Puerto Ricans Debate Options for Their Island’s Future Status
On the eve of the first of two hearings to pick the best way for Puerto Ricans to determine their future relationship with the United States, two experts on island matters said a potential plan to let Puerto Rico develop as a commonwealth is unconstitutional.
The House Natural Resources subcommittee on insular affairs will host a hearing today on a pair of measures designed to address Puerto Rico’s territorial status, a sign, observers say, the issue could move forward in this Congress.
Puerto Rico has been a U.S. territory since 1898, and islanders gained U.S. citizenship in 1917. But their future has been debated ever since, as Puerto Ricans have fought in U.S. wars but can’t vote for president and lack full Congressional representation.
One proposal, offered in a bill introduced by Reps. Nydia Velázquez (D-N.Y.) and Luis Gutierrez (D-Ill.), calls for Puerto Ricans to host a constitutional convention, during which they would decide whether to become a state, declare independence or create a new or modified commonwealth.
Supporters, who include Gov. Aníbal Acevedo Vilá (a proponent of commonwealth), argue the measure would allow Puerto Ricans to study all the available options for the island’s future.
But former Puerto Rico Attorney General José Fuentes and Jeffrey Farrow, the co-chairmen of former President Bill Clinton’s Interagency Group on Puerto Rico, said Wednesday that commonwealth plans put forth by Acevedo Vilá’s Popular Democratic Party are unconstitutional.
Those plans would make Puerto Rico an autonomous political body tied to the United States for things such as common defense and U.S. citizenship. But the island would retain powers over fiscal autonomy and economic development as well as enter into commercial and tax agreements with other countries, Farrow said.
Farrow and Fuentes instead back a bipartisan measure introduced by Puerto Rico Resident Commissioner Luis Fortuño (R) and Rep. José Serrano (D-N.Y.) that would create a two-part, federally sanctioned self-determination process based on recommendations included in a December 2005 Bush administration task force report.
Arguing for that bill, Farrow claimed that an array of officials, from the White House to the Congressional Research Service to the Justice Department, have said making Puerto Rico somewhat autonomous would be unconstitutional.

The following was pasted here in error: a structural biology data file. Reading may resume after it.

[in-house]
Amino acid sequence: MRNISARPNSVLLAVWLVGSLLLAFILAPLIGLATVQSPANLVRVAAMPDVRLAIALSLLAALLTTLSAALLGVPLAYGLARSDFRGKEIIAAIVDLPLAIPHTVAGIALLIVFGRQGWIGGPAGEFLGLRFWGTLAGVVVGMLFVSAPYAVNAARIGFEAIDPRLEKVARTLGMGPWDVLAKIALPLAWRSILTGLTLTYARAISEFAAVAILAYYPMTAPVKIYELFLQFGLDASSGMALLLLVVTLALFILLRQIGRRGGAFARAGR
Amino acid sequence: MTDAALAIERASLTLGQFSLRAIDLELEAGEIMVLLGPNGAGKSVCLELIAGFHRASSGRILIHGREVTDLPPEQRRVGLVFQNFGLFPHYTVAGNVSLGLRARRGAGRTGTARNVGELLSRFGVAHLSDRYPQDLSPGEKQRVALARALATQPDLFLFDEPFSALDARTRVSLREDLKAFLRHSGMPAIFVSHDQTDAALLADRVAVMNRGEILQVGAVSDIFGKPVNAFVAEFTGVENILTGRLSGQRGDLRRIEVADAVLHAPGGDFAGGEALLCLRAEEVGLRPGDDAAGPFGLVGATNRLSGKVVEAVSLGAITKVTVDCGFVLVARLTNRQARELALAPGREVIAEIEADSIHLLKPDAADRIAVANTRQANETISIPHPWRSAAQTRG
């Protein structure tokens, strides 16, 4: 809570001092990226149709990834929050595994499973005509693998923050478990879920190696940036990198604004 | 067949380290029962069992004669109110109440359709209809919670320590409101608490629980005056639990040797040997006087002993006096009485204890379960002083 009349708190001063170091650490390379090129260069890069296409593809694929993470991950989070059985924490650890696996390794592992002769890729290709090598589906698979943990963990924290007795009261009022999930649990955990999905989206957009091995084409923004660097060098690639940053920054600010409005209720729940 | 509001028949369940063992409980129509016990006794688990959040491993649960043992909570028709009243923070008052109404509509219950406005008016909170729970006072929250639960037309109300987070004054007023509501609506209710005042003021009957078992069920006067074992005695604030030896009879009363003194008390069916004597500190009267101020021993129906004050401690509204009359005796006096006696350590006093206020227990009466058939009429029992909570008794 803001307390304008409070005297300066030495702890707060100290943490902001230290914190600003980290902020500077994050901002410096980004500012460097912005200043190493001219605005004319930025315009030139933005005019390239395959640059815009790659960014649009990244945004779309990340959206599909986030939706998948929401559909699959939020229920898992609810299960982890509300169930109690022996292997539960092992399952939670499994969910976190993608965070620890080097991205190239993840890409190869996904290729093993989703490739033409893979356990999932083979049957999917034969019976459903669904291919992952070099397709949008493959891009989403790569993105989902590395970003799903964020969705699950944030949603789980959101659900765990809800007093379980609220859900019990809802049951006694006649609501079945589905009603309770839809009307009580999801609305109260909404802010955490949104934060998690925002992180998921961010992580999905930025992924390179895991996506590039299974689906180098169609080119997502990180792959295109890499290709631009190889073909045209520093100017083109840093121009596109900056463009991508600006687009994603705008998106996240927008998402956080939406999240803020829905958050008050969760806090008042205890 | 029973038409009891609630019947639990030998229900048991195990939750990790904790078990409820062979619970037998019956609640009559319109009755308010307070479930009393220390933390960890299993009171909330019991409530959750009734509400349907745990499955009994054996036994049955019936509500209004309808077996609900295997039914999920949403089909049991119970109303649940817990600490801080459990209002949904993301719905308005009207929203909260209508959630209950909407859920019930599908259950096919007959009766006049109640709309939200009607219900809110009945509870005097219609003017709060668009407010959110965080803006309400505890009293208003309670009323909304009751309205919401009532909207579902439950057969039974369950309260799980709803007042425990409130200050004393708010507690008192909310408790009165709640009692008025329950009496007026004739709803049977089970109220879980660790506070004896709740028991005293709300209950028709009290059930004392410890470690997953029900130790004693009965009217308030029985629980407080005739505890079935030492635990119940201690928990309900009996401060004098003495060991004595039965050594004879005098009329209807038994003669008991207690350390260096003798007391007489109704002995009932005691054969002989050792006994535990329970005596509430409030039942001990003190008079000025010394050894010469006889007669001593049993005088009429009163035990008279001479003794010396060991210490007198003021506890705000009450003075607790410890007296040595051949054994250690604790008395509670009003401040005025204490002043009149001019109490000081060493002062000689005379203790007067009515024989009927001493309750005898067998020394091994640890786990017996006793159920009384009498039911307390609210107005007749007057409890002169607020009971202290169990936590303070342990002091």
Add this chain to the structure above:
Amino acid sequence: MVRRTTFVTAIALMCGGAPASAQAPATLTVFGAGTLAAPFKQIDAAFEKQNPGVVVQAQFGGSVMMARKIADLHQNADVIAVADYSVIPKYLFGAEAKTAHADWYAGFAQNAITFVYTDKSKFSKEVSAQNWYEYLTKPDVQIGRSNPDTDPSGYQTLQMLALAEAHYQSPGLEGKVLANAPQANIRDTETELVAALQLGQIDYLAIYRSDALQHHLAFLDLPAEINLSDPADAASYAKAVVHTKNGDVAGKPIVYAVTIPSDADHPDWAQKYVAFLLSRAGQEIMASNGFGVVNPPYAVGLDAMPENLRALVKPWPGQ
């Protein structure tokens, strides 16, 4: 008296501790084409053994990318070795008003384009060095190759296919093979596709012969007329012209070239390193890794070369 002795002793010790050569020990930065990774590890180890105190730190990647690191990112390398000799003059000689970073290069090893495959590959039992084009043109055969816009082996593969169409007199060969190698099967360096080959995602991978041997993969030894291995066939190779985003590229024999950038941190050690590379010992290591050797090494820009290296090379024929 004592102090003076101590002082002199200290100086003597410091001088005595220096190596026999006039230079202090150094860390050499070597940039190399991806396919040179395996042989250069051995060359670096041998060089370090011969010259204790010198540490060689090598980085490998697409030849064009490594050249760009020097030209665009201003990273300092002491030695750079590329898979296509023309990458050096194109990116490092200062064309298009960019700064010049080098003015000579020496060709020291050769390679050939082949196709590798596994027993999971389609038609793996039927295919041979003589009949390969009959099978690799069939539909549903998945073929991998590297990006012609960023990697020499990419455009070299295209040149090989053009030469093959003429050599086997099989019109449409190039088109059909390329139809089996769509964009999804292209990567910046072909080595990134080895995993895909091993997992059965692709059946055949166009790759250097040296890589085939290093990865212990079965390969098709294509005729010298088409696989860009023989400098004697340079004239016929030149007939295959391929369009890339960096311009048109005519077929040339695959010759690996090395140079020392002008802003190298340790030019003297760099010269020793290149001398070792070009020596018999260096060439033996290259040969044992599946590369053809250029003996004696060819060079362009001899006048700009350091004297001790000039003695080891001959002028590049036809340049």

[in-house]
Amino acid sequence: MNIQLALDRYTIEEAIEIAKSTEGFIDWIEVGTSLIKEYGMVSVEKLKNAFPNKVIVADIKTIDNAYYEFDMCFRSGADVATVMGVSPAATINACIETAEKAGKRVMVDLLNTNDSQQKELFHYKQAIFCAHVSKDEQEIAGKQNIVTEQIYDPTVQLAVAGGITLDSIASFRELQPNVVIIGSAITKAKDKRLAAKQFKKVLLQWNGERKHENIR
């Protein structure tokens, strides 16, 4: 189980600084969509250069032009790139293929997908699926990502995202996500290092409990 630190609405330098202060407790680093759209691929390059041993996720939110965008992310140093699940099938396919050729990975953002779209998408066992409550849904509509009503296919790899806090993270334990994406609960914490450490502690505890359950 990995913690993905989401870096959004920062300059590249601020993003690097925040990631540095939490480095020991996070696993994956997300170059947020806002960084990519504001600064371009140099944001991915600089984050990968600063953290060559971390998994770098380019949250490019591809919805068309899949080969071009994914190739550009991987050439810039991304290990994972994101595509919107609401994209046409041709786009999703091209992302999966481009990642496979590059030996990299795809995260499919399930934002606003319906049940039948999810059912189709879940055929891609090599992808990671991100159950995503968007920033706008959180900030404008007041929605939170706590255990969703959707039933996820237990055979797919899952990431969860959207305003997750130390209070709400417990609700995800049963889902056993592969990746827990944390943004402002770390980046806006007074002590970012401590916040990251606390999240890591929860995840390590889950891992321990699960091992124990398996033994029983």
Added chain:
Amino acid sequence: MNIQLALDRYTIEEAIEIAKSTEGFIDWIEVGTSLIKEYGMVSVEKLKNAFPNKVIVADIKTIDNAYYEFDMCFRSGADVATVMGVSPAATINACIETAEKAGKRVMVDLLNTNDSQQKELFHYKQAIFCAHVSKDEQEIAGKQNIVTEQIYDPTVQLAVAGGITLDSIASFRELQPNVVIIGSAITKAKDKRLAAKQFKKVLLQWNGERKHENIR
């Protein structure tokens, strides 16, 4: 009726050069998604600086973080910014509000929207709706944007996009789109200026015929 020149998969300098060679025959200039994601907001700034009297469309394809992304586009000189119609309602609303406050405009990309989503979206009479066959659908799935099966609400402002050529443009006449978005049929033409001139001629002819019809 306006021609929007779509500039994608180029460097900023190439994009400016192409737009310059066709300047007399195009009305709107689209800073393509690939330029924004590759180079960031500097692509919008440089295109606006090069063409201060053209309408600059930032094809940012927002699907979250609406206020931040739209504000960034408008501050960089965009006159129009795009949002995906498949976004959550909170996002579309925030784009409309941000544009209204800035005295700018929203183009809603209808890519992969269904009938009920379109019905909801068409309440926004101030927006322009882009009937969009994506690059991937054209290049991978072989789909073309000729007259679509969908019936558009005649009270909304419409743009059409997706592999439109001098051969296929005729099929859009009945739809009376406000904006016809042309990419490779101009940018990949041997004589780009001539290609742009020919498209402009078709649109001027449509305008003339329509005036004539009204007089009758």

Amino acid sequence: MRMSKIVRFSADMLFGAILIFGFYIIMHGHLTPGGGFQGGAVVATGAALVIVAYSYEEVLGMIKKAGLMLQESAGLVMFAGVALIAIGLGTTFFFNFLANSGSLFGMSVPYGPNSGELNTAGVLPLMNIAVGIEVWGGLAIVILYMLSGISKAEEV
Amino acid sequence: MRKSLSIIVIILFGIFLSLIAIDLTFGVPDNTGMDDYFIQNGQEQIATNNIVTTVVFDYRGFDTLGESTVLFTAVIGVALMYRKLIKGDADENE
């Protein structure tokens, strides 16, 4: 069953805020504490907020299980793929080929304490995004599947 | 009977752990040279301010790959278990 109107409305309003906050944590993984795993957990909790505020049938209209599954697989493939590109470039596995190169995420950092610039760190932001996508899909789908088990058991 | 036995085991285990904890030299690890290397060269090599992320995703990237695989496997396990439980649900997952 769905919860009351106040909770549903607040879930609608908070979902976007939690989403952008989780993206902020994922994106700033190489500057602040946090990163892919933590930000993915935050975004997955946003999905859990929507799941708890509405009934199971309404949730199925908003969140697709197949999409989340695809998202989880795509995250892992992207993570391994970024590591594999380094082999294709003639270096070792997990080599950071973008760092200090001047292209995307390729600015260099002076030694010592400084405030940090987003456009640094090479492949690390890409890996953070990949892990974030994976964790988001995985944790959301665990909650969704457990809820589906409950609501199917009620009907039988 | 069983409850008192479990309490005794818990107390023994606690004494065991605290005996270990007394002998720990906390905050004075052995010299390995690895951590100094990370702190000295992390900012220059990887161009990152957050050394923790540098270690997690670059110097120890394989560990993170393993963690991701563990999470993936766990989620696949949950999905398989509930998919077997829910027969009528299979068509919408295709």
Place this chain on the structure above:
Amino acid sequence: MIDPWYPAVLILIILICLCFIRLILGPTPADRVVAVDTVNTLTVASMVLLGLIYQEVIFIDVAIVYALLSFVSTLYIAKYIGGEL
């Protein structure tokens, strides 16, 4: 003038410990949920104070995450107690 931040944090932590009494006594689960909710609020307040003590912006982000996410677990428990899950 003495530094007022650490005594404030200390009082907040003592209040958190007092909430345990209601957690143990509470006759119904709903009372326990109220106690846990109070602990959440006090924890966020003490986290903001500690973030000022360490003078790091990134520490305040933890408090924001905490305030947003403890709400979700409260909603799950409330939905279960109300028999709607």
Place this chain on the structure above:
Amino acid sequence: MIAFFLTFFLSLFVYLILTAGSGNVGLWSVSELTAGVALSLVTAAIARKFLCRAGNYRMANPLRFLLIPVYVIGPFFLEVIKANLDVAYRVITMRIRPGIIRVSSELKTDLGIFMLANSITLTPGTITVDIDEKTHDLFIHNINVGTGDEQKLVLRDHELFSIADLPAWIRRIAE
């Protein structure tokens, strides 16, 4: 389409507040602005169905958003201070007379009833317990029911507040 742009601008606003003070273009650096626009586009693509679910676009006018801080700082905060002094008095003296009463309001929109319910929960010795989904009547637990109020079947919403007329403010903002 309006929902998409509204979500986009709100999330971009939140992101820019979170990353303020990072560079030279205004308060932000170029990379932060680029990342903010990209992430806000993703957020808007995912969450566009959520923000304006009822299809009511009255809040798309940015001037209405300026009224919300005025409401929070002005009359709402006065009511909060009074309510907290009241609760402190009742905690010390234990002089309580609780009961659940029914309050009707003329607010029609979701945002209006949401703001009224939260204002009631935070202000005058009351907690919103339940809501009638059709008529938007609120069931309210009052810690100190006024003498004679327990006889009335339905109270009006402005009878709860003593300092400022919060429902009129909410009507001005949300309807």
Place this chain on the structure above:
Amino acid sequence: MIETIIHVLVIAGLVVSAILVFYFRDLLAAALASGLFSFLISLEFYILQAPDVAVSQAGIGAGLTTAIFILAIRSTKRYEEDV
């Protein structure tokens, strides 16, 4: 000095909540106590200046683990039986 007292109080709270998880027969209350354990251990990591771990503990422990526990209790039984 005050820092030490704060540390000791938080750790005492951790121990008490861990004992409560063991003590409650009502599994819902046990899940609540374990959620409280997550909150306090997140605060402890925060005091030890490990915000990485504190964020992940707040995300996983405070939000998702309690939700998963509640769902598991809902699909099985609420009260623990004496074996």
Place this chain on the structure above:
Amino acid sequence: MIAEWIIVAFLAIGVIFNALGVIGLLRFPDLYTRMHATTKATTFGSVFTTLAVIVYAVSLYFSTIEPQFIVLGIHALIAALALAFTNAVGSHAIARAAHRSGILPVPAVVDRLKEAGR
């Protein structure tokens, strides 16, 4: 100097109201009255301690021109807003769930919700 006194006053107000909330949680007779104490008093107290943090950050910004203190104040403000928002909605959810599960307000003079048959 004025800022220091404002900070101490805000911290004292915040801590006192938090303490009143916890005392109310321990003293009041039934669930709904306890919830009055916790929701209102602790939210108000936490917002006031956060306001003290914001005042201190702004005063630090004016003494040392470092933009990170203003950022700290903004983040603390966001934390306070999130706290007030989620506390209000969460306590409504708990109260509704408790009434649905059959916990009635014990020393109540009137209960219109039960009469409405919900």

“Self-determination is not you come up with whatever issues you want, and the United States has to accept it,” he said.
Modified commonwealth status also would create policy nightmares for the United States, Fuentes said.
“If you give this to Puerto Rico, every state is going to want it, and there will be no union,” he said.
One reason behind wanting to maintain a commonwealth has to do with money, Farrow said. A slew of U.S. businesses operate factories and have offices on the island, where Puerto Rico’s unique status allows businesses to stay there tax-free, as if they operate on foreign soil.
But Velázquez maintained in a statement Wednesday that her bill is simply the best method of providing a way for Puerto Ricans to study their future — something islanders themselves need to be in charge of.
“The legislation I introduced gives the people of the island the right to decide,” she said. “Dialogue and consensus are the best methods to achieve a democratic, fair and transparent self-determination process for Puerto Rico.”
Through the Fortuño-Serrano bill, Puerto Ricans would first decide whether to maintain the status quo as an unincorporated territory. If islanders vote no, they would then decide to become a state or become independent.
“The U.S. Congress needs to provide a process,” Fuentes said.
The bill has some powerful bipartisan co-sponsors, including Majority Leader Steny Hoyer (D-Md.) and Minority Whip Roy Blunt (R-Mo.).
Fourteen witnesses are expected to testify at today’s hearing, an eclectic mix of academics, legal experts and Puerto Rican officials. The hearing is expected to be crowded, with supporters of the three main options weighing in.
A second subcommittee hearing has been scheduled for April 25 and is expected to be far more political: the presidents of the island’s political parties and leaders of the Puerto Rico Senate and House of Representatives are expected to testify.
Despite the stark differences between the bills, the timing of the hearings — early in a new Congressional session — is a good sign movement on Puerto Rico’s status could happen soon, Fuentes said, adding that the target date for a vote on the Puerto Rico issue is 2009.
“The U.S. Congress is finally realizing that they have to deal with this issue,” Fuentes said.
One issue that might effect the course of the Puerto Rico debate involves another non-state with Congressional representation issues — the District of Columbia.
If the courts eventually decide that Congress can grant D.C. a full House vote under the Constitution’s District clause, Puerto Rico might have a similar option under the Territory Clause.
“That would raise the issue in Puerto Rico — ‘Do we have another path?’” Farrow said.
If Puerto Rico were to ever become a state, it is unclear how the island would turn out politically, Fuentes said.
Residents are divided between statehood, independence and status quo advocates. Top leadership is split partywise: Acevedo Vilá is a Democrat and Fortuño is a Republican, but the man who is perhaps the island’s biggest statehood advocate — Senate President Kenneth McClintock — is officially a Democrat.
“You can’t tell,” Farrow said.